When petitioner faced retrial, he and his counsel were apprehensive that in the event of a conviction the prospect of a sentence of from one day to life with likely confinement thereunder for the major portion of his life was real, both by reason of the nature of the charges and his prior criminal record. Thereupon his counsel, with his consent, conferred with the Assistant District Attorney in charge of the prosecution in an effort to obtain, in his own lawyer's words, "[acceptance] of a plea to a nonsexual crime in order to avoid a one day to life sentence." The assistant prosecutor agreed to and did recommend to his superiors and to the court acceptance of the plea offered, attempted rape in the second degree, in satisfaction of the indictment. This is the plea which petitioner now attacks. At the time of its entry, he acknowledged in response to the court's questioning that no promise of leniency had been made by the District Attorney to induce the plea, and that this was also true as far as his attorneys, or anyone else, were concerned.
First, as to the charge of threats or promises by the District Attorney. The petition herein is entirely barren of a single evidentiary fact to support it. There is no allegation, or even the slightest suggestion, that the petitioner himself at any time had any conversation or discussion with the District Attorney or his assistant, or that they made any statements, promises or representations to him. But even if the District Attorney had stated to petitioner that if he proceeded to trial he would be found guilty as charged and again sentenced to from one day to life imprisonment, with the prospect of long confinement, in view of his record, this was no more than a fair statement and a realistic appraisal of the situation that Duchin faced - indeed, one recognized by him and his lawyer, and which in fact led to petitioner's offer of a plea to one count to cover all charges in the indictment "to avoid a one day to life sentence."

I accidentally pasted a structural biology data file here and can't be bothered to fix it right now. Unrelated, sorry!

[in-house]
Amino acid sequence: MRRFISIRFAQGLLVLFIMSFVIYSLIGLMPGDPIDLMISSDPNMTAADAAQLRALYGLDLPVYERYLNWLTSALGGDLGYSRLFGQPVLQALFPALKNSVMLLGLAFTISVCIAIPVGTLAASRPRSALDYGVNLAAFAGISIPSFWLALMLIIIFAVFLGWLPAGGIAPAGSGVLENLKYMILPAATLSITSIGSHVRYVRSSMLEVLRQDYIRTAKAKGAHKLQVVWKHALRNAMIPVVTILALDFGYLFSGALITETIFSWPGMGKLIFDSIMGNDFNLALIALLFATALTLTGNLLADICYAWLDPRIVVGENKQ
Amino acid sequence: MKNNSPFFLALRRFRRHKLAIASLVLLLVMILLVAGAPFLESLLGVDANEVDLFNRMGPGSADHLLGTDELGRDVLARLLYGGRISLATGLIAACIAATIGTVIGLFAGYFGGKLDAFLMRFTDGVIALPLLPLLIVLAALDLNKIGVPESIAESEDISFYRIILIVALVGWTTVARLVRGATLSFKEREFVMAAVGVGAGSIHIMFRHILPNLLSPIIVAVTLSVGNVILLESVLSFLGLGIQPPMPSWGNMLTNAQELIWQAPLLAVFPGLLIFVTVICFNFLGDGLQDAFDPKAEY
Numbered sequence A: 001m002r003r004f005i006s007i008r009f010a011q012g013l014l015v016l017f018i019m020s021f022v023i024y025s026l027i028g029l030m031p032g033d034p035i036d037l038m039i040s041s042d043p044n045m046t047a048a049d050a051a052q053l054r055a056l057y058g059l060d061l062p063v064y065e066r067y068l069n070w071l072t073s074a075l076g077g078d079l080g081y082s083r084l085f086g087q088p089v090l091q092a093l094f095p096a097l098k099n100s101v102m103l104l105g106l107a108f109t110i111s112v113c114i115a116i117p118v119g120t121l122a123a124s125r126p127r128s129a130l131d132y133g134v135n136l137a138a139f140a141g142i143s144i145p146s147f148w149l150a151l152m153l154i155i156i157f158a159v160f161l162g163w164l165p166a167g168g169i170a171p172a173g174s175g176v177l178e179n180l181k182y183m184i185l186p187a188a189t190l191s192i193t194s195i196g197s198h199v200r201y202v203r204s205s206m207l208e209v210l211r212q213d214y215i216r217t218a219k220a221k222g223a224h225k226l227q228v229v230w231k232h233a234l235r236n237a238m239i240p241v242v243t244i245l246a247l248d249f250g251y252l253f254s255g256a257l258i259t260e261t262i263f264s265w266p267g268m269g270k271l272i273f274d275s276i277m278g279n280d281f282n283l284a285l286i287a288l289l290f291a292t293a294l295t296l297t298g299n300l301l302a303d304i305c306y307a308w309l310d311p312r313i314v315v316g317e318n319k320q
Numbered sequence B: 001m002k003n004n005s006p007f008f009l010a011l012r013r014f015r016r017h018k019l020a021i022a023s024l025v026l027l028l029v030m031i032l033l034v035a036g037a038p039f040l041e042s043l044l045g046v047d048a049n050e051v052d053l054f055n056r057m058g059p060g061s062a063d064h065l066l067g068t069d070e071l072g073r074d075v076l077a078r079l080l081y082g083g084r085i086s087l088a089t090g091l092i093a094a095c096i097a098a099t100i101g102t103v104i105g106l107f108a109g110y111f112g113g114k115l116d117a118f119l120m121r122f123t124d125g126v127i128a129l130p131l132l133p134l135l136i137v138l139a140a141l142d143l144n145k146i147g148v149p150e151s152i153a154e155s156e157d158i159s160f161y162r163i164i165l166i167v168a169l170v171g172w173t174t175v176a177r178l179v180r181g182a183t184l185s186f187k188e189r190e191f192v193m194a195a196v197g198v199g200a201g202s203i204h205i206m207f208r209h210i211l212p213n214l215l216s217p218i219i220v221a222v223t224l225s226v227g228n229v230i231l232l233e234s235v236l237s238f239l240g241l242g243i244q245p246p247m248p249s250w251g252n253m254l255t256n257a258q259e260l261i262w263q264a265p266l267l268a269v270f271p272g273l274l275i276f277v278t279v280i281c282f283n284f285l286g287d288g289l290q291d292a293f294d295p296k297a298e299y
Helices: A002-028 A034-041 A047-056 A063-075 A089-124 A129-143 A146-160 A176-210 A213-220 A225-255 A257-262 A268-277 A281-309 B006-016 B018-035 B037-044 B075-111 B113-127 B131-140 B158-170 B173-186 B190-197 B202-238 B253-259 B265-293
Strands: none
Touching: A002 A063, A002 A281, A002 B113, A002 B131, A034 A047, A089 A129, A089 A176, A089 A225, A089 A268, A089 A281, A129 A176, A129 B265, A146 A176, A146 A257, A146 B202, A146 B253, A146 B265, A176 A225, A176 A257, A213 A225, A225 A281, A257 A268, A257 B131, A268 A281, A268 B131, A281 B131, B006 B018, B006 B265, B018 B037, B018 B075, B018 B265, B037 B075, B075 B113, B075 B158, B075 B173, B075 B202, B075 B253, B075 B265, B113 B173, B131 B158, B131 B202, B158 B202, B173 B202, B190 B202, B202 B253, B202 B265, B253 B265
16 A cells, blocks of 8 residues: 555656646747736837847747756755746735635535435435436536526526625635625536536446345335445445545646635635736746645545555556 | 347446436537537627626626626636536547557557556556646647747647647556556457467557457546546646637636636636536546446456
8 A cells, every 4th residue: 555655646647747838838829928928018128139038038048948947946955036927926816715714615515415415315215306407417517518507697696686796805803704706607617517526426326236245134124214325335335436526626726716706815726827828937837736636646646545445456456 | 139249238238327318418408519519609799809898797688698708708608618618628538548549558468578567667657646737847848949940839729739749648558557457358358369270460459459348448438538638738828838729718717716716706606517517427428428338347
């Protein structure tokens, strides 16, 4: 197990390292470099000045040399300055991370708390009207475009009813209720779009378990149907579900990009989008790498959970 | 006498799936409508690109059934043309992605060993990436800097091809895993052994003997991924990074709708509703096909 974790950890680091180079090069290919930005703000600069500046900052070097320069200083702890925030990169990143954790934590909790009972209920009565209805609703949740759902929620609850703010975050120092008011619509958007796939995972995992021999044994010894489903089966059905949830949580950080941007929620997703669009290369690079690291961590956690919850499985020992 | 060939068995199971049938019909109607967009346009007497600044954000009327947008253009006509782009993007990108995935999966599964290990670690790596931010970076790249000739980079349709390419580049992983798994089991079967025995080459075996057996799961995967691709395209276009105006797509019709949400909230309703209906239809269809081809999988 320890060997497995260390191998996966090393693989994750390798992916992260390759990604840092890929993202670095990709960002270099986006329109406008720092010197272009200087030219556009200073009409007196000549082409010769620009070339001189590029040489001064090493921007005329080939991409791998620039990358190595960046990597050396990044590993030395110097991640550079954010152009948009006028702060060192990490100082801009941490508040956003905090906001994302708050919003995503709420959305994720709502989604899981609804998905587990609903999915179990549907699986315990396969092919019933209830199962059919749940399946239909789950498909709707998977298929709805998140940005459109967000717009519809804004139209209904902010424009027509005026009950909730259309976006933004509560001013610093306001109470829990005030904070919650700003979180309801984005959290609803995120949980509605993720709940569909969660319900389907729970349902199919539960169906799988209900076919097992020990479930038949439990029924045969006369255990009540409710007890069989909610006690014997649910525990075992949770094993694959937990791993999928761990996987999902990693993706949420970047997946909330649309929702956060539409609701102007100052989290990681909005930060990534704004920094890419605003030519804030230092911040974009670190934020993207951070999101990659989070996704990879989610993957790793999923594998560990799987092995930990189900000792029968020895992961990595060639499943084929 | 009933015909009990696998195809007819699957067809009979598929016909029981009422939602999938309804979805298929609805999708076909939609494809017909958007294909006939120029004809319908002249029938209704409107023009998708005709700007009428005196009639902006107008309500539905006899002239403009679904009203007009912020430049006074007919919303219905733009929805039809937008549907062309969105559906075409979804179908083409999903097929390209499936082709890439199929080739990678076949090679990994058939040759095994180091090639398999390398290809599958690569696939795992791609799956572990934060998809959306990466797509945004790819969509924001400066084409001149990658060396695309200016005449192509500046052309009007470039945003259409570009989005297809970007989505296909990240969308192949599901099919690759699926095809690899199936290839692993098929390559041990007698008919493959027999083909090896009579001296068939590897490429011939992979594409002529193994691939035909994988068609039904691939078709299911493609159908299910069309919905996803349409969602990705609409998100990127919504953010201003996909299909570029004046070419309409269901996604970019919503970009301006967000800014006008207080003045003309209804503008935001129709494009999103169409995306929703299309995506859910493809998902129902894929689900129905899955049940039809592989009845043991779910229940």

In fact, the plea as entered accomplished that purpose, since the permissible sentence thereunder was limited to two and a half to ten years.
This range of sentence brings us to the petitioner's basic charge that the plea was induced by a representation that the sentence would be two and a half to ten years; instead, he was sentenced to a minimum of nine years. This alleged representation resulted from what petitioner terms a "deal" and "off the record" arrangement between his lawyer and the Assistant District Attorney - a charge at once negated by the attorney's affidavit submitted by the petitioner in support of his application here. The attorney's version is: